Norway: Project Launched to Develop Offshore Charging Solutions for Offshore Wind Vessels

©Vard
©Vard

A project aimed developing a solution to charge offshore vessels' batteries in the offshore wind farms was officially launched at a kick-off ceremony in Ålesund, Norway on Thursday.

The project, called the Ocean Charger will be lead by Vard, with its sister companies Seaonics and Vard Electro, and partners Rem Offshore, Solstad Offshore, SINTEF Energi, SINTEF Ocean, DigiCat, Sustainable Energy, Equinor, Source Galileo Norge, Corvus Energy, Plug, Shoreline, Sustainable Energy, University of Bergen, Norce, and Maritime CleanTech.

"Now, with a strong consortium of industry and research partners, VARD will lead the way from research to testing, validation, and commercialization of new technological solutions for energy transfer to battery-powered ships offshore," Vard said.

"Developing the offshore wind industry in Norway will drive significant new maritime activity, including a new fleet and maritime infrastructure. The launch of the Ocean Charger project marks an important milestone toward creating a green, maritime value chain for offshore wind, and we are very excited to take part in this project," says Head of Innovation in Maritime CleanTech, Øystein Huglen.

REM Power CSOV

Under construction at VARD Søviknes, the Construction Service Operation Vessel CSOV REM Power is the first vessel to partake in the testing of Ocean Charger project. By connecting vessels to the power grid in the wind farm or harbor and charging batteries regularly, the aim is to power operations with a minimum additional energy sources, Vard said.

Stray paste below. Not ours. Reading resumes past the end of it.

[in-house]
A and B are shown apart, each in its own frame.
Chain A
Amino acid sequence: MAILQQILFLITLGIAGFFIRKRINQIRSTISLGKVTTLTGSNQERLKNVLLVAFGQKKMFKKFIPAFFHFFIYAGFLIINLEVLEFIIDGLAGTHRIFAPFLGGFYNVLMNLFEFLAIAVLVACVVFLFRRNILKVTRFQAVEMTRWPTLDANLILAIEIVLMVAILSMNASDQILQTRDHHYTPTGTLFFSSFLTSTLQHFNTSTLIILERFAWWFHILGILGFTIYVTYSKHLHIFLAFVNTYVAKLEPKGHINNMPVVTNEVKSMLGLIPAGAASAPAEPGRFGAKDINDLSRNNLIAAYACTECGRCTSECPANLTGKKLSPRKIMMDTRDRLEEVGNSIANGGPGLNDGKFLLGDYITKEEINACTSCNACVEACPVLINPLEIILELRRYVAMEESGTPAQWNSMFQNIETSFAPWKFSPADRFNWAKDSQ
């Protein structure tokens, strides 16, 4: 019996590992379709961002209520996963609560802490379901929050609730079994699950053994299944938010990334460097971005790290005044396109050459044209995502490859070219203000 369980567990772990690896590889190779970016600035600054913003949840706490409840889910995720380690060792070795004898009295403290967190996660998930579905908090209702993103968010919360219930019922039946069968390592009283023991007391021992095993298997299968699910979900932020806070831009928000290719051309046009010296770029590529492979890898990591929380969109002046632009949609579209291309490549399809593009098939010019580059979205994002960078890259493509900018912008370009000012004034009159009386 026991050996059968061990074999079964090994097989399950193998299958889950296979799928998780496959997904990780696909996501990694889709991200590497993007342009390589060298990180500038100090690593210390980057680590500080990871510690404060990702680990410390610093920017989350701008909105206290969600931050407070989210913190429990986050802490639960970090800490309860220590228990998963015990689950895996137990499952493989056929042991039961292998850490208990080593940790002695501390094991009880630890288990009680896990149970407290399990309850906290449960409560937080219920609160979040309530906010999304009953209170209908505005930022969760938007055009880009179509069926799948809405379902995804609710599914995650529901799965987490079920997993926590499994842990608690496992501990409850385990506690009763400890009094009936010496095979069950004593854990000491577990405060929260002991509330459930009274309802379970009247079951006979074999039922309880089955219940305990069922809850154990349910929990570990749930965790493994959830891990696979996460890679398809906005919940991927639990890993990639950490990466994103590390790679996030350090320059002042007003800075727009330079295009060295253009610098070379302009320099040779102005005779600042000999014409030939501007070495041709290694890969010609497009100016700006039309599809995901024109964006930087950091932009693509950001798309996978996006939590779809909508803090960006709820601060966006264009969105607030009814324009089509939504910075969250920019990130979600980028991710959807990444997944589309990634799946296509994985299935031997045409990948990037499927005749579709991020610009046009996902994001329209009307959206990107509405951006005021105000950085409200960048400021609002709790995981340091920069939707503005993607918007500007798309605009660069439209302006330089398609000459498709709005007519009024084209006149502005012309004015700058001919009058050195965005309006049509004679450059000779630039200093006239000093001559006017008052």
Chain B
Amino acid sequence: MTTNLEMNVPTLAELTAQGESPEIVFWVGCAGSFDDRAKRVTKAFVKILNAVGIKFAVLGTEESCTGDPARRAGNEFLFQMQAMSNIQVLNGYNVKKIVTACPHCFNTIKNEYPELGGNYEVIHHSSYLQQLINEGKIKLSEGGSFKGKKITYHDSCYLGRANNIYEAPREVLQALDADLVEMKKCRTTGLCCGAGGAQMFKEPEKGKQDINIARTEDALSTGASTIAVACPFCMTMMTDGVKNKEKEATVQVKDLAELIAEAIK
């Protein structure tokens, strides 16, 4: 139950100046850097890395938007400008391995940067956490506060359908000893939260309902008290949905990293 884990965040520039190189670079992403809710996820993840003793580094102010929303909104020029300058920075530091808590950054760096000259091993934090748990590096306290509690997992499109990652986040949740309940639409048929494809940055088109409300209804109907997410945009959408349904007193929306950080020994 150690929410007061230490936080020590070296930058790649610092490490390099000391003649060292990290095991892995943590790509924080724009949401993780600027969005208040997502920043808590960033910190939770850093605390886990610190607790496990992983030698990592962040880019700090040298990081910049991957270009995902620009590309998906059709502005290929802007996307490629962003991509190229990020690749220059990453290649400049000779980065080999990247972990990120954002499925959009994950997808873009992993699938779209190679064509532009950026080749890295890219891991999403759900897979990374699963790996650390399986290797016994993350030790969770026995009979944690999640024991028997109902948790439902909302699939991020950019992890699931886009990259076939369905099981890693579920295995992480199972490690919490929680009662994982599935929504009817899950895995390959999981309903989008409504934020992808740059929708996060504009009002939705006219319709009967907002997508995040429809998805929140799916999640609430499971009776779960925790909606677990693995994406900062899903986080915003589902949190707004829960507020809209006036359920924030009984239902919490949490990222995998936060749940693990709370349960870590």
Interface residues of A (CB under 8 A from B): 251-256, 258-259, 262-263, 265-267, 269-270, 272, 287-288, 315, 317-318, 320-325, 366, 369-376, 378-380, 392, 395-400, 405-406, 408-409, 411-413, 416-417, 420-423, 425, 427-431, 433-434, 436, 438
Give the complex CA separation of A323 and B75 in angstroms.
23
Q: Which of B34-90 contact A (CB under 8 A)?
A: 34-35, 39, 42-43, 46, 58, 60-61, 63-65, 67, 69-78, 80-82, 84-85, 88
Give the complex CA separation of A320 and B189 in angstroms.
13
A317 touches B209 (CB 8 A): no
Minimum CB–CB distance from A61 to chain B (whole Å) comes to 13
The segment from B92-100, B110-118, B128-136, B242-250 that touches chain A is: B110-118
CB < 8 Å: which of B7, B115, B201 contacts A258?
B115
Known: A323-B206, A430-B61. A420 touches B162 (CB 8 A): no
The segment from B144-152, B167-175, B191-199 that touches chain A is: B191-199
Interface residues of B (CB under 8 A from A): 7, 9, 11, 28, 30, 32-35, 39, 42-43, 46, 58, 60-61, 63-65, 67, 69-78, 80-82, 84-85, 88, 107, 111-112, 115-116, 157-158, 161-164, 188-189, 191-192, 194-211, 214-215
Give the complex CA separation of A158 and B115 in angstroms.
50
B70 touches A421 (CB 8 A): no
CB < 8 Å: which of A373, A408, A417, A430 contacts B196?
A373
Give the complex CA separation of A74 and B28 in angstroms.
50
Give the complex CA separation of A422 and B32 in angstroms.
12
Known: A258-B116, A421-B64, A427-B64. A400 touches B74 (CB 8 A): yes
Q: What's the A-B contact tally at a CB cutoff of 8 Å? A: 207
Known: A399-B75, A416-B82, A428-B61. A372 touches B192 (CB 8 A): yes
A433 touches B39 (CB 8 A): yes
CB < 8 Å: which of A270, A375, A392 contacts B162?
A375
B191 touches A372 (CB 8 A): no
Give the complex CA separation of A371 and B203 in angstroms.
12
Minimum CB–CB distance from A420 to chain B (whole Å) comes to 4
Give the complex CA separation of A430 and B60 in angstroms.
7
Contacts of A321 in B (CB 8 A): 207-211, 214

In December 2022, the Ocean Charger project was awarded 38 million NOK through the Norwegian Government's support scheme The Green Platform Initiative.

The Norwegian Minister of Trade, Industry and Fisheries, Jan Christian Vestre, launched the new project at a press conference in Oslo: "We are carrying out the largest restructuring of the Norwegian economy ever. Everything will become greener. It is private companies that must lead the way in this transformation, with the public sector as a supporter," Vestre said.

In the coming years, a substantial new maritime infrastructure will be developed and built for the offshore wind industry in Norway. Based on the development for other segments, batteries have proven to be the most mature technology for zero or low-emission vessels. This technology constitutes the basis for developing the Ocean Charger project, VARD said.

By connecting vessels to the power grid in the wind farm and charging batteries regularly, the operational availability of emission-free vessel operations will be secured. The aim is to power operations in the field without using any additional energy sources, VARD said.

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